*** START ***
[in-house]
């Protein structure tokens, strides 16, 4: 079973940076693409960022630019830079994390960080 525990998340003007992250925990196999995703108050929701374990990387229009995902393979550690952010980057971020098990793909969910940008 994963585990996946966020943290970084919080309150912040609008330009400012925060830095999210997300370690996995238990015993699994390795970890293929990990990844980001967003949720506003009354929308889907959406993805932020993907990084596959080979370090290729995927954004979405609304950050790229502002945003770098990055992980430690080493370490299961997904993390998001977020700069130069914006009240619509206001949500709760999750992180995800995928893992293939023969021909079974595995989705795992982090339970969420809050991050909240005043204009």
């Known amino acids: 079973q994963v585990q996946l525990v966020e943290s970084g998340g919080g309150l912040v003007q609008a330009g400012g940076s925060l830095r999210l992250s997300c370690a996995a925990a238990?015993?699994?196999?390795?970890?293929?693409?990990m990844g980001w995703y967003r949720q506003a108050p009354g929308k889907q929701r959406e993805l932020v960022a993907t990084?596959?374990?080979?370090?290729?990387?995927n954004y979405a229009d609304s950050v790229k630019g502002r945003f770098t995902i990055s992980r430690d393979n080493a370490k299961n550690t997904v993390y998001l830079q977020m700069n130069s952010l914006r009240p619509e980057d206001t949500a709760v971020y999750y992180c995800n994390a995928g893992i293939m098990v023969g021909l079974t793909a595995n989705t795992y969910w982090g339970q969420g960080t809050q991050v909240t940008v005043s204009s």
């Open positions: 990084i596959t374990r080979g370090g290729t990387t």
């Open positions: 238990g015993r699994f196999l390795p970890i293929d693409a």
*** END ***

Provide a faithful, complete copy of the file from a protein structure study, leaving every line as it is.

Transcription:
[in-house]
């Protein structure tokens, strides 16, 4: 079973940076693409960022630019830079994390960080 525990998340003007992250925990196999995703108050929701374990990387229009995902393979550690952010980057971020098990793909969910940008 994963585990996946966020943290970084919080309150912040609008330009400012925060830095999210997300370690996995238990015993699994390795970890293929990990990844980001967003949720506003009354929308889907959406993805932020993907990084596959080979370090290729995927954004979405609304950050790229502002945003770098990055992980430690080493370490299961997904993390998001977020700069130069914006009240619509206001949500709760999750992180995800995928893992293939023969021909079974595995989705795992982090339970969420809050991050909240005043204009």
């Known amino acids: 079973q994963v585990q996946l525990v966020e943290s970084g998340g919080g309150l912040v003007q609008a330009g400012g940076s925060l830095r999210l992250s997300c370690a996995a925990a238990?015993?699994?196999?390795?970890?293929?693409?990990m990844g980001w995703y967003r949720q506003a108050p009354g929308k889907q929701r959406e993805l932020v960022a993907t990084?596959?374990?080979?370090?290729?990387?995927n954004y979405a229009d609304s950050v790229k630019g502002r945003f770098t995902i990055s992980r430690d393979n080493a370490k299961n550690t997904v993390y998001l830079q977020m700069n130069s952010l914006r009240p619509e980057d206001t949500a709760v971020y999750y992180c995800n994390a995928g893992i293939m098990v023969g021909l079974t793909a595995n989705t795992y969910w982090g339970q969420g960080t809050q991050v909240t940008v005043s204009s």
């Open positions: 990084i596959t374990r080979g370090g290729t990387t």
């Open positions: 238990g015993r699994f196999l390795p970890i293929d693409a």